Sandro Botticelli (1445-1510) was an Early Renaissance Italian painter belonging to the Florentine School. He is particularly well known for two works: The Birth of Venus and Primavera (Allegory of Spring).
The faces of Botticelli angels (both male and female) are characterised by a chiselled purity. In the 1975 film Picnic at Hanging Rock, there is an exceptionally evocative scene where Miranda, one of the main characters, is compared by her teacher to a Botticelli Angel.
A maroon is an exploding firework that creates a loud bang to act as a signal or warning.
In the First World War, they were used in London to warn of imminent air raids (other warning methods used were Boy Scout buglers and police cyclists wearing signs saying, 'Take Cover'!). In London attacks from the air might be from Zeppelins (airships) or from aeroplanes, whilst in other parts of Britain the threat tended to be from Zeppelins alone. The first German air attacks on London took place in 1915.
This is one of the few references to external events in Rebecca which allow for dating of the period in which the novel is set. As we are told that the narrator is 21 when she marries Maxim de Winter (p.37: They are not brave, the days when we are twenty one), we can combine this with the information about the maroons to gain a rough idea of the date.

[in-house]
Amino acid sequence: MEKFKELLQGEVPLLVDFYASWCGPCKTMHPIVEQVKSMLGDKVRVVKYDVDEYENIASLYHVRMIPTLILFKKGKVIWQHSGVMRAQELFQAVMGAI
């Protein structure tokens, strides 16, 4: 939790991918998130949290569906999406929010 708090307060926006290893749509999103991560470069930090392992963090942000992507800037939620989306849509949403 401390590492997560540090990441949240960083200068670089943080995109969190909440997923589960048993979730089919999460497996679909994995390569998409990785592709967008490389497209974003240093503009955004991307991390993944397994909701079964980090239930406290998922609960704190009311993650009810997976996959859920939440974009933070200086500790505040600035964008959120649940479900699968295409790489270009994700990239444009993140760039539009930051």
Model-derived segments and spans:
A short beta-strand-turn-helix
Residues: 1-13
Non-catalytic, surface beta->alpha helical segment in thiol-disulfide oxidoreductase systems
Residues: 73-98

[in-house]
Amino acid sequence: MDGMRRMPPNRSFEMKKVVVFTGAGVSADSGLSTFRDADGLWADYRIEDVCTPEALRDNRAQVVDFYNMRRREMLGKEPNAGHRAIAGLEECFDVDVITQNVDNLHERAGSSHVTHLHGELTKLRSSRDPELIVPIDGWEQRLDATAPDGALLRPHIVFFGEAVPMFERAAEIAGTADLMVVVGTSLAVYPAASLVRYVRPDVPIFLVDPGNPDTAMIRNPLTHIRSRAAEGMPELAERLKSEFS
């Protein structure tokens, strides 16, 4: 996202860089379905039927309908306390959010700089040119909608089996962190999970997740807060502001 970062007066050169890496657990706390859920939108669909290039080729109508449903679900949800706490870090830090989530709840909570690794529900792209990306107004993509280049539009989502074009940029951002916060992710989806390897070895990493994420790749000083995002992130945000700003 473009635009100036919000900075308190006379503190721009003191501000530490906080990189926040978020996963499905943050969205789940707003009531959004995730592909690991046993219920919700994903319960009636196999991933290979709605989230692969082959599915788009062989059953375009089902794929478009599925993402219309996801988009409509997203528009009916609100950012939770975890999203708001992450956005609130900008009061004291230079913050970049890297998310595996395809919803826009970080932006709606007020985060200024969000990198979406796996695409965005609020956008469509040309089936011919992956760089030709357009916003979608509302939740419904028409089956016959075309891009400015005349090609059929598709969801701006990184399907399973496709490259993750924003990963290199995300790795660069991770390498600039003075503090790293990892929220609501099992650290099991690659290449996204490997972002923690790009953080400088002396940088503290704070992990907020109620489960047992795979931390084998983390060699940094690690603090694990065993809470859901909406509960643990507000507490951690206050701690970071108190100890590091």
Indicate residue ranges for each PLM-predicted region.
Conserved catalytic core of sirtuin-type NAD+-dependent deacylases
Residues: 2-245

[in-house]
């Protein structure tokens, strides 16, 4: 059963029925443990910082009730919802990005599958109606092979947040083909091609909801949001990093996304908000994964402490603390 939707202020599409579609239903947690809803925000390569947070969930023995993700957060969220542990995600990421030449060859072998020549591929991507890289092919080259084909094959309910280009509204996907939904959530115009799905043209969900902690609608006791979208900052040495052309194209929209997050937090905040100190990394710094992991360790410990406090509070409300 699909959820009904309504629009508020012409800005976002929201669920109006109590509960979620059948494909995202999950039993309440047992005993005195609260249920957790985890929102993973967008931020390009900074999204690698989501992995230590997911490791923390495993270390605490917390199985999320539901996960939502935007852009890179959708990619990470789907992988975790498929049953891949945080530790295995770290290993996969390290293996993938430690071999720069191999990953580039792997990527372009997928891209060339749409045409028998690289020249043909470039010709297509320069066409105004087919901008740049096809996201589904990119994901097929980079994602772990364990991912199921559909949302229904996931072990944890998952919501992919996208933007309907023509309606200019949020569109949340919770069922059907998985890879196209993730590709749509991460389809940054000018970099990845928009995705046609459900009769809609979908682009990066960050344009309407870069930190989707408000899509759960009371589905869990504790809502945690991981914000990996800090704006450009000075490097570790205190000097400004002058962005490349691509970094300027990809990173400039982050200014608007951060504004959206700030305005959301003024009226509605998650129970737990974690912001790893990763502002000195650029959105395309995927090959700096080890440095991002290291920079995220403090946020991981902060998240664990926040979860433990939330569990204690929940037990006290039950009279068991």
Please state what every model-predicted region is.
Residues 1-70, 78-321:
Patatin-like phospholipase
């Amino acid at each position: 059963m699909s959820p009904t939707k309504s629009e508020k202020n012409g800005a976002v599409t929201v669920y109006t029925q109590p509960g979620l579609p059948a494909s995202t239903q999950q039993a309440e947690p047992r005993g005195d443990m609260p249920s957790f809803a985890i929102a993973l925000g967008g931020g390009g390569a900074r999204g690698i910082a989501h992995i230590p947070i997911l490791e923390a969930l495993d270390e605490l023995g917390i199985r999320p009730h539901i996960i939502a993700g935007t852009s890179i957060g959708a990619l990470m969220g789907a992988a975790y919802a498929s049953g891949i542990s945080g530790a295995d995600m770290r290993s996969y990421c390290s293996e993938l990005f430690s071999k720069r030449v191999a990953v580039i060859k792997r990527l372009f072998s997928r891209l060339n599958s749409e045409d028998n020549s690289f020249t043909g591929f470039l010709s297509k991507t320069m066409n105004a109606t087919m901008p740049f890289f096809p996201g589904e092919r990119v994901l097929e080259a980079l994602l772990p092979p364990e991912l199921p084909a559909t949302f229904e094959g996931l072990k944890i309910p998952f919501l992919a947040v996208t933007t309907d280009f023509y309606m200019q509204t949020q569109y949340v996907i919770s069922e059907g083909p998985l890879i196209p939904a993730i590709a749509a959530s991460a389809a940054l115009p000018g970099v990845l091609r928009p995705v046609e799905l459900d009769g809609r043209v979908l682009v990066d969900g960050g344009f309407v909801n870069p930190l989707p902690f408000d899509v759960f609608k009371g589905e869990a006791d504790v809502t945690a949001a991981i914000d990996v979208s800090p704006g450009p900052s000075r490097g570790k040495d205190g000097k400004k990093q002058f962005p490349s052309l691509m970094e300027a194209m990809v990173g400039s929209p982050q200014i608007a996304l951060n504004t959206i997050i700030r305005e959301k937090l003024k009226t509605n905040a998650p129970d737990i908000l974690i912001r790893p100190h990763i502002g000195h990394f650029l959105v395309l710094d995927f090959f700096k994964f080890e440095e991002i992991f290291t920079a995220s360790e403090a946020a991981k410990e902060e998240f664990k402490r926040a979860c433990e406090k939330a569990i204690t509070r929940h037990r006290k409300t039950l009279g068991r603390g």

If we assume that the period when maroons might sound is 1915-1918, and that by 'very small' the narrator means between the ages of 3 and 7, it is possible to estimate the period in which the novel is set as being between 1929 and 1936 (the 1929 figure being based on the possibility of the narrator being 7 in 1915, and the 1936 figure being based on the possibility of the narrator being 3 in 1918). Interestingly, in the 1997 television version of Rebecca (starring Emilia Fox and Charles Dance), the opening scenes are set in Monte Carlo in 1927.
Click here to see part 1 of the film.
As Daphne du Maurier was 7 when the First World War began in 1914, she herself may well have heard maroons sounding on the streets of London.
A newspaper known as The Cornish Guardian and County Chronicle was established in 1901. It became the Cornish Guardian in 1955, and is still in existence today.